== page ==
The European Commission has recently published specific information on Cohesion Policy supporting rural areas and communities.
Cohesion Policy investments target all EU territories. Yet, more than 58% of them are not linked to a specific type of territory. It is therefore likely that rural areas are actually benefitting from more Cohesion Policy investments than what is reflected in the collected data.
In the 2014-2020 programming period, more than 69% of the planned Cohesion Policy funds targeting rural areas come from the European Regional and Development Fund (ERDF), followed by the European Social Fund (ESF) (18%) and the Cohesion Fund (CF) (13%).
By the end of 2020, selected operations in rural areas under ERDF and CF alone received €34,5 billion from the EU budget (€46,2 billion with national contributions). It represents close to one quarter of all Cohesion Policy investments targeting a specific type of territory.
According to the degree of development of the regions, rural areas received different shares of Cohesion Policy investments: less developed regions benefitted the most (60% of the planned allocation), followed by transition (10%) and more developed ones (9%).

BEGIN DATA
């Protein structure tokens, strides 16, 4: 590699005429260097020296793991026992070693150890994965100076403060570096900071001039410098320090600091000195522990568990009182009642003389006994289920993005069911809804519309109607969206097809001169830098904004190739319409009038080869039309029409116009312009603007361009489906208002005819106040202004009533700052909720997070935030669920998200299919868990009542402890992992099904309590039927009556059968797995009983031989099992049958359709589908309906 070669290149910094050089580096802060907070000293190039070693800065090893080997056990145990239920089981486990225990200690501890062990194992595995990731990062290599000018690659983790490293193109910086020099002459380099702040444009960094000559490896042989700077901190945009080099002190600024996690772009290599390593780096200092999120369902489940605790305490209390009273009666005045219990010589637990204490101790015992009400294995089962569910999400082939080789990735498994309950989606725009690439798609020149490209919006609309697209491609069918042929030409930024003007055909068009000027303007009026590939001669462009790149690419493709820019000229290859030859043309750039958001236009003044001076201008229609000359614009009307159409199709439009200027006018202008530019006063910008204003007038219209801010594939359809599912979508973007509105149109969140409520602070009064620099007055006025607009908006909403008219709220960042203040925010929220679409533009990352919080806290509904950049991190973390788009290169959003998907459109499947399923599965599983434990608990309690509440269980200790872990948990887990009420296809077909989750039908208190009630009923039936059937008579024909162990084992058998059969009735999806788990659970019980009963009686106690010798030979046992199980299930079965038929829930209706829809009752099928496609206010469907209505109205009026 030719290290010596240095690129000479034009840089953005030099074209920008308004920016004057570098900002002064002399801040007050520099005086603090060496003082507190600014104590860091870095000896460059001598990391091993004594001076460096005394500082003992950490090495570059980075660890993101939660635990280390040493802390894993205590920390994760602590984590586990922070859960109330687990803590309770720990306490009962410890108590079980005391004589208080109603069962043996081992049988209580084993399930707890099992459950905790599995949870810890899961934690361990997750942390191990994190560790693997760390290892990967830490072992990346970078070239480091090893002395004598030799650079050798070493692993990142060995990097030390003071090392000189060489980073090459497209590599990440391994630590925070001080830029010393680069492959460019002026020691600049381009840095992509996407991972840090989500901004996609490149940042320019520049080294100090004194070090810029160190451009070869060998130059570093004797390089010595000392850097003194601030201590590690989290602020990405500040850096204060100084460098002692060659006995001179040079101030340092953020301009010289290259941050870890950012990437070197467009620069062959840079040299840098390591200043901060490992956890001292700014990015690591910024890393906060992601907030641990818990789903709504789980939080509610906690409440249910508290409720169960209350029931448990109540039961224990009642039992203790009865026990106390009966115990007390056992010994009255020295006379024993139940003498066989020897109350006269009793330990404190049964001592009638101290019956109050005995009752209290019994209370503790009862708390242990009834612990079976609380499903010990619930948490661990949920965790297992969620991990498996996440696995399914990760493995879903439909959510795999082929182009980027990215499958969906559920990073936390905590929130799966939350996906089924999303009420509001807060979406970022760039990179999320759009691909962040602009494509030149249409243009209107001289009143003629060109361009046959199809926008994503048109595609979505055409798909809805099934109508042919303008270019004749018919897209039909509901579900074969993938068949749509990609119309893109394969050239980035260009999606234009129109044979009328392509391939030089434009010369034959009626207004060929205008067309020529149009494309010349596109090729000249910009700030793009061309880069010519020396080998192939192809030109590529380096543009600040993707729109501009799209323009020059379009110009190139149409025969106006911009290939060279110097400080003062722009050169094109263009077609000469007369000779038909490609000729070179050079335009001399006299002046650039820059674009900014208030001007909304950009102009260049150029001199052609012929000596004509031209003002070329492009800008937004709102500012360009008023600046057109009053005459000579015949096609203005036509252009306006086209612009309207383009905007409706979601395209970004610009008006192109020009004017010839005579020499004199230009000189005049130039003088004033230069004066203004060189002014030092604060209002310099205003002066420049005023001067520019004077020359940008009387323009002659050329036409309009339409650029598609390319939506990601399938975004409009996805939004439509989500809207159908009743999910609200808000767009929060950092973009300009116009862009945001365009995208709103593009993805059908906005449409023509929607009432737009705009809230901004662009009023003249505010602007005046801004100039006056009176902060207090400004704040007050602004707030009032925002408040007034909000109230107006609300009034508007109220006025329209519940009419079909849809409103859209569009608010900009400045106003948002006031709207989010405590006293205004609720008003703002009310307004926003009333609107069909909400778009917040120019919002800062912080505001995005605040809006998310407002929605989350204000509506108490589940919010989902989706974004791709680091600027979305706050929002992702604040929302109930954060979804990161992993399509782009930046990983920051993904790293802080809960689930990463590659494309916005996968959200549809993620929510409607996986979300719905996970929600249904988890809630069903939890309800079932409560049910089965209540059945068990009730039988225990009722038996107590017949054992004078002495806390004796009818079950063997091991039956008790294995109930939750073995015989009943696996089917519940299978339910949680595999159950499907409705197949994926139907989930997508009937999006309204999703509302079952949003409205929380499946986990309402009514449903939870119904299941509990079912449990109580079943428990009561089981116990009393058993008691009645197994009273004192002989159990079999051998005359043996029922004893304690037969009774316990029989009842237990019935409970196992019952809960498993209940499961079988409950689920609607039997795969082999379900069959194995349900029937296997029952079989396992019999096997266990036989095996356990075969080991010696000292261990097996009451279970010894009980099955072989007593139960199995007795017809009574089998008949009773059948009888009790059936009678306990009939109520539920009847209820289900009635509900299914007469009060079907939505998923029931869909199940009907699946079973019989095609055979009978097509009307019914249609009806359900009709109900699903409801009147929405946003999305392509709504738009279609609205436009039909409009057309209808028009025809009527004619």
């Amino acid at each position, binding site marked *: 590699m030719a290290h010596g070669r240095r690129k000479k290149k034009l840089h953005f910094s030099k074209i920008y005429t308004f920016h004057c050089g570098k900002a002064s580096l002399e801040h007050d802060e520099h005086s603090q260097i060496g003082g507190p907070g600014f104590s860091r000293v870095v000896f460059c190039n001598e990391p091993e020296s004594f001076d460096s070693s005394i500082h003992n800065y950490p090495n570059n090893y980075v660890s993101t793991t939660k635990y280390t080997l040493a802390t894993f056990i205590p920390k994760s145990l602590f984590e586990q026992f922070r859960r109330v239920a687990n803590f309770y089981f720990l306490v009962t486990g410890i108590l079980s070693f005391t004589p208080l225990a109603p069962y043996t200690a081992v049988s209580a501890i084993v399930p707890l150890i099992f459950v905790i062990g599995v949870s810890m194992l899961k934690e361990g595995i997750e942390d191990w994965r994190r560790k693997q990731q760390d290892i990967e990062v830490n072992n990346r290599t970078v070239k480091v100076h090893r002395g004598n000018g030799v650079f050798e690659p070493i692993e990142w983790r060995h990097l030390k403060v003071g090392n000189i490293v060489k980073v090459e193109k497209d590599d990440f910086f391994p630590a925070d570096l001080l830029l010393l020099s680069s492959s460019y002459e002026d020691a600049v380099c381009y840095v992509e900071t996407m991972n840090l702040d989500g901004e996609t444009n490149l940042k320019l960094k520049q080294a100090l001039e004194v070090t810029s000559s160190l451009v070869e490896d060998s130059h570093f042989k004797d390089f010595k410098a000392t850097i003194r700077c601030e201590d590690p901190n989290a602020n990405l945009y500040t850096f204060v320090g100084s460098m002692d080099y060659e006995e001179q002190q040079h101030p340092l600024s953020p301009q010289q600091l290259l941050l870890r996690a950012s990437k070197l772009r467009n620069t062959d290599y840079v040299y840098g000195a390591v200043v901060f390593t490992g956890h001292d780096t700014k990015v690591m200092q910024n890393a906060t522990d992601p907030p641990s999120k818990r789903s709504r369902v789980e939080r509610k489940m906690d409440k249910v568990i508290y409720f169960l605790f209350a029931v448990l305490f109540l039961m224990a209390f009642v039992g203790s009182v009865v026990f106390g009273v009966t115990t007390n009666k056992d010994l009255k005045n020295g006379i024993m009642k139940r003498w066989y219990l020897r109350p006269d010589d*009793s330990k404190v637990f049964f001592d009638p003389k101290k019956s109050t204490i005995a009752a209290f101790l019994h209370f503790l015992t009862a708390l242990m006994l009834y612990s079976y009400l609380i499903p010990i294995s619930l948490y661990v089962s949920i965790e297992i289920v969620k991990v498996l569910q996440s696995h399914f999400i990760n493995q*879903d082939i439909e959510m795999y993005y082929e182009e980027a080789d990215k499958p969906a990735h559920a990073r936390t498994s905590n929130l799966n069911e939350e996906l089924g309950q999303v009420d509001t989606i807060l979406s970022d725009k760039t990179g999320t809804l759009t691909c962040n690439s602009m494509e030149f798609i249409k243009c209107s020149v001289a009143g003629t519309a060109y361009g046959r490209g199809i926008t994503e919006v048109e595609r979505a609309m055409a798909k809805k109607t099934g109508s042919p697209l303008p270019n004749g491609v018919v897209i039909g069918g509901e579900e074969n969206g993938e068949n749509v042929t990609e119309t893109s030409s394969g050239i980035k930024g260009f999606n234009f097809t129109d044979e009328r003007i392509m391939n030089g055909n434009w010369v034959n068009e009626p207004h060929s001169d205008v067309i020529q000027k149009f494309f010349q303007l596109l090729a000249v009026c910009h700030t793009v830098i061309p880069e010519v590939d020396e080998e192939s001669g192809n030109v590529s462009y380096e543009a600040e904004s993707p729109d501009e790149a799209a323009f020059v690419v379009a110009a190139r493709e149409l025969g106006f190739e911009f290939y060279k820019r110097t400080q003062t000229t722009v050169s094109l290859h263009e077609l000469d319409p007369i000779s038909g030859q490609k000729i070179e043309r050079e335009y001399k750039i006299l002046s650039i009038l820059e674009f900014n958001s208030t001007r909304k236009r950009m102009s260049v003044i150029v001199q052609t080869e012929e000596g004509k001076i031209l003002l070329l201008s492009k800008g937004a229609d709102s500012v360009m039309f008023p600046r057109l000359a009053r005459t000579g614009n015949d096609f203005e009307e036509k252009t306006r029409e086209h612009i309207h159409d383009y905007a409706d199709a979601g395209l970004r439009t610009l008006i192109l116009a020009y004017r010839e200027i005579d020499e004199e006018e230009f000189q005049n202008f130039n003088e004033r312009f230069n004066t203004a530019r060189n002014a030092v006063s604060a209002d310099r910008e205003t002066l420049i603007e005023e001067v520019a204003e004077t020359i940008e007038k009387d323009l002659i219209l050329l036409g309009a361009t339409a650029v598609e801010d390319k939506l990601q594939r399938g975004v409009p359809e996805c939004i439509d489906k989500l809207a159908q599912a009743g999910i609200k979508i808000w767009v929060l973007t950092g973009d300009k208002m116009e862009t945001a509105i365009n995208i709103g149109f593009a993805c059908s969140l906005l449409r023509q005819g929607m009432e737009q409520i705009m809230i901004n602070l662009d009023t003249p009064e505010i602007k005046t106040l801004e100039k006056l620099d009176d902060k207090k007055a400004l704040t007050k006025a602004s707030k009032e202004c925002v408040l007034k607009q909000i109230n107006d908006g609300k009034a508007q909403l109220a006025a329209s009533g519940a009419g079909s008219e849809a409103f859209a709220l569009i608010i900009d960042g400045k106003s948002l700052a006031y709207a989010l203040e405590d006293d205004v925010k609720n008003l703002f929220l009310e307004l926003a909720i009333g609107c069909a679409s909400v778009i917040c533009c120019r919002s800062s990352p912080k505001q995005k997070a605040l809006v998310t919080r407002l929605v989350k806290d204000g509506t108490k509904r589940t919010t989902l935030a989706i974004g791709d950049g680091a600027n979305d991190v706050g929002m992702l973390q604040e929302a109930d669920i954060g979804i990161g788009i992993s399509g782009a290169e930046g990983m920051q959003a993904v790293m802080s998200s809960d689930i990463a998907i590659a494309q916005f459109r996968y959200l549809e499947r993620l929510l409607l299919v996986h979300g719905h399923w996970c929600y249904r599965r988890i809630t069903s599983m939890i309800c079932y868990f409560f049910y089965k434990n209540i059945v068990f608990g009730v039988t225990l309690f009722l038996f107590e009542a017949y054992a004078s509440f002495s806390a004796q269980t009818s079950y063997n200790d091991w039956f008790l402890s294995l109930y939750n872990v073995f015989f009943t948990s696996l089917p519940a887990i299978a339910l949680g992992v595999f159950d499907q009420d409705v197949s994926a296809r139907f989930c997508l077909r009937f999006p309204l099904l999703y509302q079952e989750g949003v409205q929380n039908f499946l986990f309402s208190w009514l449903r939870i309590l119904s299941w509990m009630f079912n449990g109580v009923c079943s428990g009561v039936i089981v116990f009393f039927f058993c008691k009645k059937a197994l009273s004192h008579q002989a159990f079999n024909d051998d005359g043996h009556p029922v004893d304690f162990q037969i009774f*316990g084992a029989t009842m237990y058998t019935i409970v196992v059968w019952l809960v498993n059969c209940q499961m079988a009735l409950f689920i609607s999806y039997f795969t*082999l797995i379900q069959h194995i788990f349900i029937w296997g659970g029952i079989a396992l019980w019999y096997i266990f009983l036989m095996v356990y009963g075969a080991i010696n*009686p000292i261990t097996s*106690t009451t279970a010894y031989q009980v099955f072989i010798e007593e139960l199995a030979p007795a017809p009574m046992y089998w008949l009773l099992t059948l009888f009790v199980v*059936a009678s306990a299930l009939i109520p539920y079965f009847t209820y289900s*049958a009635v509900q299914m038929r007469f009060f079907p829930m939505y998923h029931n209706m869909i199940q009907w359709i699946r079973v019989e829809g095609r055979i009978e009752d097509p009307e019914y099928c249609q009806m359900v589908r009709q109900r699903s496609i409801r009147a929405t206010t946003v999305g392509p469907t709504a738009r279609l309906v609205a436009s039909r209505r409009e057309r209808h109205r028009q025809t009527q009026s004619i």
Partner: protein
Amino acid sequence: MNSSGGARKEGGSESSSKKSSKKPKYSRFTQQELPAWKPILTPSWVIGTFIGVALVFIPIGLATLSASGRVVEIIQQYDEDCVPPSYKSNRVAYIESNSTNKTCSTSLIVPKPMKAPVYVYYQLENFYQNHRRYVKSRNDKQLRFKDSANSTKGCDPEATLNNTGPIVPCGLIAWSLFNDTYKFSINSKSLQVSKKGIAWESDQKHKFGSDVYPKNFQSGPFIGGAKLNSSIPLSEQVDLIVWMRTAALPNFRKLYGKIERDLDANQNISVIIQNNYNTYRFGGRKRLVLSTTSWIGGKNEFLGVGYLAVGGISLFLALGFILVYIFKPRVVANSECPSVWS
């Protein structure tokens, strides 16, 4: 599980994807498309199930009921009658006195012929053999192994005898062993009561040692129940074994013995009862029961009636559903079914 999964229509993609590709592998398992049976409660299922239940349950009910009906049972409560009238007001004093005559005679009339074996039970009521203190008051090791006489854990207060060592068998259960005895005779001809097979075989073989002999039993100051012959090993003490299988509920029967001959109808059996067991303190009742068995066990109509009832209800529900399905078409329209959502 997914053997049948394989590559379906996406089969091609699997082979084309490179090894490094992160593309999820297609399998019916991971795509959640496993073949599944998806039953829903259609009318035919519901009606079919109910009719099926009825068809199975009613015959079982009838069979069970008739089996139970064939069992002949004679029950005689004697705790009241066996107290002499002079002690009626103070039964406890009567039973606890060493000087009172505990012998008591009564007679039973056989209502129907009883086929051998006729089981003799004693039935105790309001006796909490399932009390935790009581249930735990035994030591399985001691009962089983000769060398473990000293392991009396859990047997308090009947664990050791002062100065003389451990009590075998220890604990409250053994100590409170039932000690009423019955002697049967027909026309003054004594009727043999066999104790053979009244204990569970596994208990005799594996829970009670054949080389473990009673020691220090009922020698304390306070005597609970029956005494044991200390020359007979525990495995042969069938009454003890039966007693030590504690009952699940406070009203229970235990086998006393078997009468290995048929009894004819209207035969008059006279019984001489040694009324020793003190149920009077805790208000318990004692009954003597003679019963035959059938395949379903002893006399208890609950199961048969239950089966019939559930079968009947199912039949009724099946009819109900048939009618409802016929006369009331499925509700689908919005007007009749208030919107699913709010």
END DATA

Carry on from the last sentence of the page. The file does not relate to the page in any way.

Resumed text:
Moreover, Cohesion Policy investments are divided into eleven thematic objectives (TOs) addressing different challenges and opportunities of rural areas. Among the TOs, the largest amounts went to: (i) Environment Protection and Resource Efficiency; (ii) Network Infrastructures in Transport and Energy; (iii) Competitiveness of SMEs.
Cohesion Policy also provides targeted and coordinated set of investments through integrated territorial and local development strategies. The mapping web tool Strat-Board includes features of these strategies.
In addition, the REGIO database provides examples of projects that are directly linked to the priorities that need to be addressed in rural areas.
The Cohesion Policy beyond 2020 will keep on investing in all regions. Further to the GDP per capita, new criteria are added (youth unemployment, low education level, climate change, and the reception and integration of migrants) to better reflect the reality on the ground.